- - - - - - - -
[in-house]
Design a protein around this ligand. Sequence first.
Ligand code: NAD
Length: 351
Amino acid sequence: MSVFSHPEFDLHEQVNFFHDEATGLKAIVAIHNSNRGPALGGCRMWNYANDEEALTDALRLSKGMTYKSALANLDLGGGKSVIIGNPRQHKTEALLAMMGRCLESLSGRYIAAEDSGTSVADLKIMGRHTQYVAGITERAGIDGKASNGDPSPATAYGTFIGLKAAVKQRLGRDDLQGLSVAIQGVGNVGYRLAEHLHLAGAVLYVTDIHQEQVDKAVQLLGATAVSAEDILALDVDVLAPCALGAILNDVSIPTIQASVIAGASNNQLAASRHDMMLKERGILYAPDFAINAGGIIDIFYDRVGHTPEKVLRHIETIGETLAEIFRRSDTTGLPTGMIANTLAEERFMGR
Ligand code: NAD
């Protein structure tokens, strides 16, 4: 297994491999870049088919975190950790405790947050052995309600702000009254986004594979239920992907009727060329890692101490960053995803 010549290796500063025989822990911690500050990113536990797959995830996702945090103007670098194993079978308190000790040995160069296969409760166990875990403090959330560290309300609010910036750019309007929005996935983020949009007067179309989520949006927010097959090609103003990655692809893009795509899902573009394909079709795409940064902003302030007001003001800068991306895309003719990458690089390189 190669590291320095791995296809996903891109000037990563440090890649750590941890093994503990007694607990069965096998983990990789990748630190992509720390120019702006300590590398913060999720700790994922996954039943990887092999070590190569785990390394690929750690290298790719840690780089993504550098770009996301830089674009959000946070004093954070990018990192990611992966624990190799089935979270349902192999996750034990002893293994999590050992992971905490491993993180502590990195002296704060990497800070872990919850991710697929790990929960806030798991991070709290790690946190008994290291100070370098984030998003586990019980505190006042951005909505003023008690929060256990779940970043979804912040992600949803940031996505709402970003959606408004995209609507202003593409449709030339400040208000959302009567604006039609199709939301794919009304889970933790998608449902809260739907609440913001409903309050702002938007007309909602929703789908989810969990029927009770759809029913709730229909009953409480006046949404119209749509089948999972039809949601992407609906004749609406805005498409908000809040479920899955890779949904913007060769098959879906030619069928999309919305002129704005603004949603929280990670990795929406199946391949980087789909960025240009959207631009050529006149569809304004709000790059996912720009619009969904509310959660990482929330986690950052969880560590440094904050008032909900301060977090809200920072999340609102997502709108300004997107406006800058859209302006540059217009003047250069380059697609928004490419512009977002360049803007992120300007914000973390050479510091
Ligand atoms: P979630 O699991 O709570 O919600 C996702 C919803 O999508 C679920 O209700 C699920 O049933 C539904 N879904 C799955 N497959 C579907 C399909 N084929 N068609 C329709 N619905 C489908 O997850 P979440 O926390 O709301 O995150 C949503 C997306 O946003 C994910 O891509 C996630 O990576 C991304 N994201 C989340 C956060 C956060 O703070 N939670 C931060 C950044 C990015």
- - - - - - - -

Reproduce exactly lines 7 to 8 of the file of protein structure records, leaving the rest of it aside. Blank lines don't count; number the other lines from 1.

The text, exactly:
């Protein structure tokens, strides 16, 4: 297994491999870049088919975190950790405790947050052995309600702000009254986004594979239920992907009727060329890692101490960053995803 010549290796500063025989822990911690500050990113536990797959995830996702945090103007670098194993079978308190000790040995160069296969409760166990875990403090959330560290309300609010910036750019309007929005996935983020949009007067179309989520949006927010097959090609103003990655692809893009795509899902573009394909079709795409940064902003302030007001003001800068991306895309003719990458690089390189 190669590291320095791995296809996903891109000037990563440090890649750590941890093994503990007694607990069965096998983990990789990748630190992509720390120019702006300590590398913060999720700790994922996954039943990887092999070590190569785990390394690929750690290298790719840690780089993504550098770009996301830089674009959000946070004093954070990018990192990611992966624990190799089935979270349902192999996750034990002893293994999590050992992971905490491993993180502590990195002296704060990497800070872990919850991710697929790990929960806030798991991070709290790690946190008994290291100070370098984030998003586990019980505190006042951005909505003023008690929060256990779940970043979804912040992600949803940031996505709402970003959606408004995209609507202003593409449709030339400040208000959302009567604006039609199709939301794919009304889970933790998608449902809260739907609440913001409903309050702002938007007309909602929703789908989810969990029927009770759809029913709730229909009953409480006046949404119209749509089948999972039809949601992407609906004749609406805005498409908000809040479920899955890779949904913007060769098959879906030619069928999309919305002129704005603004949603929280990670990795929406199946391949980087789909960025240009959207631009050529006149569809304004709000790059996912720009619009969904509310959660990482929330986690950052969880560590440094904050008032909900301060977090809200920072999340609102997502709108300004997107406006800058859209302006540059217009003047250069380059697609928004490419512009977002360049803007992120300007914000973390050479510091
Ligand atoms: P979630 O699991 O709570 O919600 C996702 C919803 O999508 C679920 O209700 C699920 O049933 C539904 N879904 C799955 N497959 C579907 C399909 N084929 N068609 C329709 N619905 C489908 O997850 P979440 O926390 O709301 O995150 C949503 C997306 O946003 C994910 O891509 C996630 O990576 C991304 N994201 C989340 C956060 C956060 O703070 N939670 C931060 C950044 C990015």